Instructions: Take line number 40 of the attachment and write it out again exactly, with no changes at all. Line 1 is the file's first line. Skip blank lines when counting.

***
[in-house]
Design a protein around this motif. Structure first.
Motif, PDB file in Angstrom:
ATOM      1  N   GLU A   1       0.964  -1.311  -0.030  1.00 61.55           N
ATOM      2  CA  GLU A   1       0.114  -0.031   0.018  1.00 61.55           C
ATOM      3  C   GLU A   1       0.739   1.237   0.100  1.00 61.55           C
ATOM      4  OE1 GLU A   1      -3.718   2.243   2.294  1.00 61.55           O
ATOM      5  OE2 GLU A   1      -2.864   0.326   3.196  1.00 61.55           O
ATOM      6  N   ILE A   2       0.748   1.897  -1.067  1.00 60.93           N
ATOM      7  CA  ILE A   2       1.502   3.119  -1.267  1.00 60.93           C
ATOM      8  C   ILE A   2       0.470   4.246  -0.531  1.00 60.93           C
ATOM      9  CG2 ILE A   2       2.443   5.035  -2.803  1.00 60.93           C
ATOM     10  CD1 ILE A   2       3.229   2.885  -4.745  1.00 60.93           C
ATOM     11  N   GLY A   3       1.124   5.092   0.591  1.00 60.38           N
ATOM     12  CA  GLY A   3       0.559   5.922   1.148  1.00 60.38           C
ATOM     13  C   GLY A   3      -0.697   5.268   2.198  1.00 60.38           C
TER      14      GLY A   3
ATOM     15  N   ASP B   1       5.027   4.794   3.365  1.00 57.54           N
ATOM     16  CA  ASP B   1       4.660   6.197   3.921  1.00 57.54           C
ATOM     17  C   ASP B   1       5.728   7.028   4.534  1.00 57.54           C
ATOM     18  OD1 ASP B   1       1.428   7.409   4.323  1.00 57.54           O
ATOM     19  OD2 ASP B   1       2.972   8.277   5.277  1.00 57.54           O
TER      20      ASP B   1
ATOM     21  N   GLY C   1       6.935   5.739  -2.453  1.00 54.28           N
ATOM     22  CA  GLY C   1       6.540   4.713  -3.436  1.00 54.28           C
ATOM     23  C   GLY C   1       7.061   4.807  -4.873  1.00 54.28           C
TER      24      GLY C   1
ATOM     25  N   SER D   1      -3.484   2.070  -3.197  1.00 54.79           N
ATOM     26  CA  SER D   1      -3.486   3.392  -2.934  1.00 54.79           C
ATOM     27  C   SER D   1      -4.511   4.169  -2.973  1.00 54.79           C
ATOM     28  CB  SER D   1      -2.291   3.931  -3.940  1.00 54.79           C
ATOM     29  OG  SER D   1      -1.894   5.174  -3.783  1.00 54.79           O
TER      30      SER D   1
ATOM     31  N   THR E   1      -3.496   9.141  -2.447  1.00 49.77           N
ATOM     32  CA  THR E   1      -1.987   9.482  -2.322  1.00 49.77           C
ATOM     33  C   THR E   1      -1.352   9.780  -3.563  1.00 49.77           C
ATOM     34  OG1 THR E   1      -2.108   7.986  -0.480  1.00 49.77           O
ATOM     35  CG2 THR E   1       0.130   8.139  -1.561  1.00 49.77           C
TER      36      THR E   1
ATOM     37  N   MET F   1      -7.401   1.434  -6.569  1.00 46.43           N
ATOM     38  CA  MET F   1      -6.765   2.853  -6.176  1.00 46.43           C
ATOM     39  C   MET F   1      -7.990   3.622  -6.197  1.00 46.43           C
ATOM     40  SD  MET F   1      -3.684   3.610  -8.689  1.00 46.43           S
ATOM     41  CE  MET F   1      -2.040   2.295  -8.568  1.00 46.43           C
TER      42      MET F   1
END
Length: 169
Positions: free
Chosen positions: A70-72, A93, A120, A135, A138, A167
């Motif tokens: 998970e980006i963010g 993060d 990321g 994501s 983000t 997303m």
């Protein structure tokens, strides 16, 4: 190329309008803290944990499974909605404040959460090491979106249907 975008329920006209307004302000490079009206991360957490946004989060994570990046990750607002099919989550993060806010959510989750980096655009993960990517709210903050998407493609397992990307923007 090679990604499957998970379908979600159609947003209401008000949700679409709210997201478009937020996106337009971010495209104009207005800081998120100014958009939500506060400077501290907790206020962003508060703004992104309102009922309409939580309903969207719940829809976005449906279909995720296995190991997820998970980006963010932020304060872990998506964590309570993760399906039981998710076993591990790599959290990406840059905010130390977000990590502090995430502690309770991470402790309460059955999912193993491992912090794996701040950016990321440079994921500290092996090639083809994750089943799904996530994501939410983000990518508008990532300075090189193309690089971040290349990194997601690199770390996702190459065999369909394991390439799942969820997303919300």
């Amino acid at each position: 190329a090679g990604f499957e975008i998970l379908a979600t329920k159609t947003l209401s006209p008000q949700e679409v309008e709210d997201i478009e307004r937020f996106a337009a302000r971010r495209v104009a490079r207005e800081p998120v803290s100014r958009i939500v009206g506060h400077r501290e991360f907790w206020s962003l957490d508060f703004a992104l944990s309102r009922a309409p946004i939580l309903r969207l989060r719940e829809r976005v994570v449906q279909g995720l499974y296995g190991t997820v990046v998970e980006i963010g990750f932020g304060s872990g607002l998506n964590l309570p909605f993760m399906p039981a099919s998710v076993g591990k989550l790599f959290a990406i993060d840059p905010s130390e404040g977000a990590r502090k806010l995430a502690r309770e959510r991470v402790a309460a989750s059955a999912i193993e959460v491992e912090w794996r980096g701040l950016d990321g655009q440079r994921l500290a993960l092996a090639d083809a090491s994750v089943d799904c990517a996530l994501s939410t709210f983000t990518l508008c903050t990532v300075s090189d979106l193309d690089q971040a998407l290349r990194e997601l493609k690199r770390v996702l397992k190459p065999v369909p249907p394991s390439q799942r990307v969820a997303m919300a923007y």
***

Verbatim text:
ATOM     37  N   MET F   1      -7.401   1.434  -6.569  1.00 46.43           N